Spy film

The spy film, also known as the spy thriller, is a genre of film that deals with the subject of fictional espionage, either in a realistic way (such as the adaptations of John le Carré) or as a basis for fantasy (such as many James Bond films). Many novels in the spy fiction genre have been adapted as films, including works by John Buchan, le Carré, Ian Fleming (Bond) and Len Deighton. It is a significant aspect of British cinema,[1] with leading British directors such as Alfred Hitchcock and Carol Reed making notable contributions and many films set in the British Secret Service.[2]

Spy films show the espionage activities of government agents and their risk of being discovered by their enemies. From the Nazi espionage thrillers of the 1940s to the James Bond films of the 1960s and to the high-tech blockbusters of today, the spy film has always been popular with audiences worldwide. Offering a combination of exciting escapism, technological thrills, and exotic locales, many spy films combine the action and science fiction genres, presenting clearly delineated heroes for audiences to root for and villains for them to hate. They may also involve elements of political thrillers. However, there are many that are comedic (mostly action comedies if they fall under that genre).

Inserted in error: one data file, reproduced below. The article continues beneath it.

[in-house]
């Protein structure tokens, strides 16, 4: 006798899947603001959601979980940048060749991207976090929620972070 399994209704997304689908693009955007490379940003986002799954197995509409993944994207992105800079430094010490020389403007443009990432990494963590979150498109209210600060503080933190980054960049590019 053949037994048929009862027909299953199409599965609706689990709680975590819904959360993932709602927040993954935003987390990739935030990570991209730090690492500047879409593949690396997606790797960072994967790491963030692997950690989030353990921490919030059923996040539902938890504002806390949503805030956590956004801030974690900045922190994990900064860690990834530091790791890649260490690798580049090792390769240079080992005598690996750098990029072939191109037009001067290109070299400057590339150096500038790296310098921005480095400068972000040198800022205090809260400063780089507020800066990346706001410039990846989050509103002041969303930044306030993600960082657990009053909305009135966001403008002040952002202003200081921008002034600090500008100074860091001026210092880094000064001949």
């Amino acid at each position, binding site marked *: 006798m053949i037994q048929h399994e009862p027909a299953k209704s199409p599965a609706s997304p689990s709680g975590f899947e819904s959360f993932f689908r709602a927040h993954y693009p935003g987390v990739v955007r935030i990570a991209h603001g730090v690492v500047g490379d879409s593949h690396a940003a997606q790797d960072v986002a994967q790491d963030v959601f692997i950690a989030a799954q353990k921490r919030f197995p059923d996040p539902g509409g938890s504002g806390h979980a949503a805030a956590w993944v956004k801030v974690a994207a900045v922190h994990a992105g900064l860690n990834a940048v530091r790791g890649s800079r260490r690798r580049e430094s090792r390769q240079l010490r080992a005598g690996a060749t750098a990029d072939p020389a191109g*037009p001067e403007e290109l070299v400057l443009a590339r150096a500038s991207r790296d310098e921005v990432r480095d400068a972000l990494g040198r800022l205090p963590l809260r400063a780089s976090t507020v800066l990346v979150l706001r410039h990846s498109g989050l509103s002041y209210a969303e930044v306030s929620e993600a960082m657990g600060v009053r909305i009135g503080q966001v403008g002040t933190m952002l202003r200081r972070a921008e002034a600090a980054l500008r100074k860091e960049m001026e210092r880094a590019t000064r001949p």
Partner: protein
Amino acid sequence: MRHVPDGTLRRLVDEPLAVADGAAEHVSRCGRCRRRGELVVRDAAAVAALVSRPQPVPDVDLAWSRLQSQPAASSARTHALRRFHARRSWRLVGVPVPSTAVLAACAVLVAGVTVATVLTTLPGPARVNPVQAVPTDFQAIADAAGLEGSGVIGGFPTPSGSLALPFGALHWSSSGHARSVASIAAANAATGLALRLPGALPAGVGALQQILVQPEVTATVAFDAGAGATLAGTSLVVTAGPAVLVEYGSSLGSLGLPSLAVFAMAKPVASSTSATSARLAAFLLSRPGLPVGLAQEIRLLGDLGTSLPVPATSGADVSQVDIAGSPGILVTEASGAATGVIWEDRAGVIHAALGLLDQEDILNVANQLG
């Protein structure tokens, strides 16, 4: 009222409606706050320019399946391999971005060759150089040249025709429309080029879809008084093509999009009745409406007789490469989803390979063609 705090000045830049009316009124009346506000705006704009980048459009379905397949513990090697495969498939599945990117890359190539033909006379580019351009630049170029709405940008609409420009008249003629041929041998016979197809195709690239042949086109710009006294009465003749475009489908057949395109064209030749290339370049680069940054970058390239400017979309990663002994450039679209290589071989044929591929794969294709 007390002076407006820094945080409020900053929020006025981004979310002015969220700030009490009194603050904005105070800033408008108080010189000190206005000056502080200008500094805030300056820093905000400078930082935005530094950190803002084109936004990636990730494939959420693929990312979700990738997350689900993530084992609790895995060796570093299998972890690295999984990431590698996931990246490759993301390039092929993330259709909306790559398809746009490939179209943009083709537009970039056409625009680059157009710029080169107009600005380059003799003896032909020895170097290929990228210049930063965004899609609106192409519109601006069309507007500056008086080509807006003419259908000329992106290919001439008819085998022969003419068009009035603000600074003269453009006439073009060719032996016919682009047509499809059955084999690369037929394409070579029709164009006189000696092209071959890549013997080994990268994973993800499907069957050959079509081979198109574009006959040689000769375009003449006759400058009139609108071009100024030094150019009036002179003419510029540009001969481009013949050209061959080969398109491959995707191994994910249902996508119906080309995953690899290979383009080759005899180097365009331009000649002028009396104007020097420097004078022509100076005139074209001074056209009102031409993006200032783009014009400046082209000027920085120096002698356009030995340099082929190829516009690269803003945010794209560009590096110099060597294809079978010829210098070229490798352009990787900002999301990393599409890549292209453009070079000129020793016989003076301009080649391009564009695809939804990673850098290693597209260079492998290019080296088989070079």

James Bond is the most famous of film spies, but there were also more serious, probing works like le Carré's The Spy Who Came in from the Cold that also emerged from the Cold War. As the Cold War ended, the newest villain became terrorism and more often involved the Middle East.[3]


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